“He picked me up and I was like, ‘Dino, what are you doing driving around in a two-seater? This is so European.’ He was still the same guy. So humble.”

Celtics executive vice-president Dave Gavitt, left, reaches to comfort Celtics guard Dee Brown, center, and forward Rick Fox, right, during an emotional news conference Thursday, July 29, 1993, in Boston, following the sudden death of Celtics captain Reggie Lewis.

Origins of the friendship

Brown and Radja first met in 1993, at one of the darker times in Celtics history, and the most trying seasons of Brown’s career. One of the last holdovers from when the Celtics were still the Celtics, the young guard had watched Larry Bird and Kevin McHale retire in consecutive years. That summer his good friend and teammate Reggie Lewis passed away. The Celtics were in disarray, and the weight had fallen on Brown’s shoulders. He was averaging nearly 40 minutes a game, led the team in scoring, was guarding Michael Jordan one night, Joe Dumars the next, Mitch Richmond another night, Reggie Miller the next. After one game, he sat dejected in the locker room, when Red Auerbach walked in.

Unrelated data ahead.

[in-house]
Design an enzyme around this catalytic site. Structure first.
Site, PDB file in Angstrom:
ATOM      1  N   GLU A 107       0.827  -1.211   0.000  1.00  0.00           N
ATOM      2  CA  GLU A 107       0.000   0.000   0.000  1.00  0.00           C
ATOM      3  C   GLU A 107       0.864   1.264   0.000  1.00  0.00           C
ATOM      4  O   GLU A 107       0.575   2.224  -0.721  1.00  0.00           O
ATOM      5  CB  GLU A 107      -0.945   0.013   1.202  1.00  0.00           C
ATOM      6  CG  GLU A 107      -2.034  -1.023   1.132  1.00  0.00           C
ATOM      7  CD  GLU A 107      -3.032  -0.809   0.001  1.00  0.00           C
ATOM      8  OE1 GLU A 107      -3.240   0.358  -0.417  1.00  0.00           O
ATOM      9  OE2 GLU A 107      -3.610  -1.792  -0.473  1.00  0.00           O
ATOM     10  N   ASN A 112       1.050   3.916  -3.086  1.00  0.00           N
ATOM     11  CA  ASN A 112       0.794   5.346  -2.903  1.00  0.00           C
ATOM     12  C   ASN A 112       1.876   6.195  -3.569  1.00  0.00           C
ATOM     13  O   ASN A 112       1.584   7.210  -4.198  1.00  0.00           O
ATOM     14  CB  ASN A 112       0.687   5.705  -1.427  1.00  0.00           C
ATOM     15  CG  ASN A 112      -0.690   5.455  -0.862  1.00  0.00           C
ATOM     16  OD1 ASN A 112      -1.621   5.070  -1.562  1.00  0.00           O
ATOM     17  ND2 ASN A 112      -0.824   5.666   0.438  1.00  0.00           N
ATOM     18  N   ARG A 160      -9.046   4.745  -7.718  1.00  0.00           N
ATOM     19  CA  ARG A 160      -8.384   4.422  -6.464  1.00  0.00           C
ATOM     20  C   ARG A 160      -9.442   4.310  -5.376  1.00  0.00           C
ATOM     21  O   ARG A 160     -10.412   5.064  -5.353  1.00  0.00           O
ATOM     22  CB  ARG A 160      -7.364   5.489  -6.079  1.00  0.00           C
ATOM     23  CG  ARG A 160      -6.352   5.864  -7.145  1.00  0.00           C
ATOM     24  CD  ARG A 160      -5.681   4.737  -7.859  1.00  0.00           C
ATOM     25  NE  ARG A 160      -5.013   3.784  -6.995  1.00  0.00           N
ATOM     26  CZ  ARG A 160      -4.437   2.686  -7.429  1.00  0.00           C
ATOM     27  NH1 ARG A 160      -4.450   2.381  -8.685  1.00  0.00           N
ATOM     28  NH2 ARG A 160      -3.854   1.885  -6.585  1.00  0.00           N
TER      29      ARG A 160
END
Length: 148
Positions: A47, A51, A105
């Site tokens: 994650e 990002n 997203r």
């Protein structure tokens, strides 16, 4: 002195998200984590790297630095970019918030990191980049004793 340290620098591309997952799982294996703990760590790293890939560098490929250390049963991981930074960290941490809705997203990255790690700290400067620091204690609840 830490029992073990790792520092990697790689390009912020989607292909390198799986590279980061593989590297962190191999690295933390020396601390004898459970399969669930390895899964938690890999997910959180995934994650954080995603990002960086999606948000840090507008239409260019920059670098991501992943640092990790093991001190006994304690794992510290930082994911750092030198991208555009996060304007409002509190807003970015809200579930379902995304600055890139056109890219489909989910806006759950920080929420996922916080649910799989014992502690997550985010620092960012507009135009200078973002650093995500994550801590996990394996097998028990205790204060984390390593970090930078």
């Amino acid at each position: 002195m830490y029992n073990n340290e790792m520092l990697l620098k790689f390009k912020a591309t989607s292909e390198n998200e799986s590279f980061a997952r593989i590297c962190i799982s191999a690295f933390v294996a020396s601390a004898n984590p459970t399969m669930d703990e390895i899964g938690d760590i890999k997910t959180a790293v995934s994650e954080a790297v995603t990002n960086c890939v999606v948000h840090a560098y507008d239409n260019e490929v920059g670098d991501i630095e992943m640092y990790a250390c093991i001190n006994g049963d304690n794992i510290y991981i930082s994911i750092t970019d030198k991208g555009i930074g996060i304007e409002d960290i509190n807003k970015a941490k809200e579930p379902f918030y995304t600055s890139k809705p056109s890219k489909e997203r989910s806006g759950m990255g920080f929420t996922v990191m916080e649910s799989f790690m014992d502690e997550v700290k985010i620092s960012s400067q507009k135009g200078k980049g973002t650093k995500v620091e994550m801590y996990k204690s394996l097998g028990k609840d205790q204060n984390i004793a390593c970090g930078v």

“How you doing, Dee?” Auerbach asked.


Dee used to call Auerbach by his given name, “Arnold,” just for fun, to bust his chops, but on this night, he could barely get it out. “Arnold,” Dee said, “I’m just tired. I’m playing all these minutes, all these games. My body is worn out.”

Auerbach thought for a second. “You know what,” the 76-year-old legend said, “Bill Russell averaged almost 47 minutes a game for me one season… and he still owes me a minute.”

That was the last time Brown complained about too many minutes. He fought through the rest of that season, missing Lewis every step of the way, but it helped that he’d found a new friend from an unlikely place: A rookie from Croatia. Although it also helped that this rookie was no rookie at all.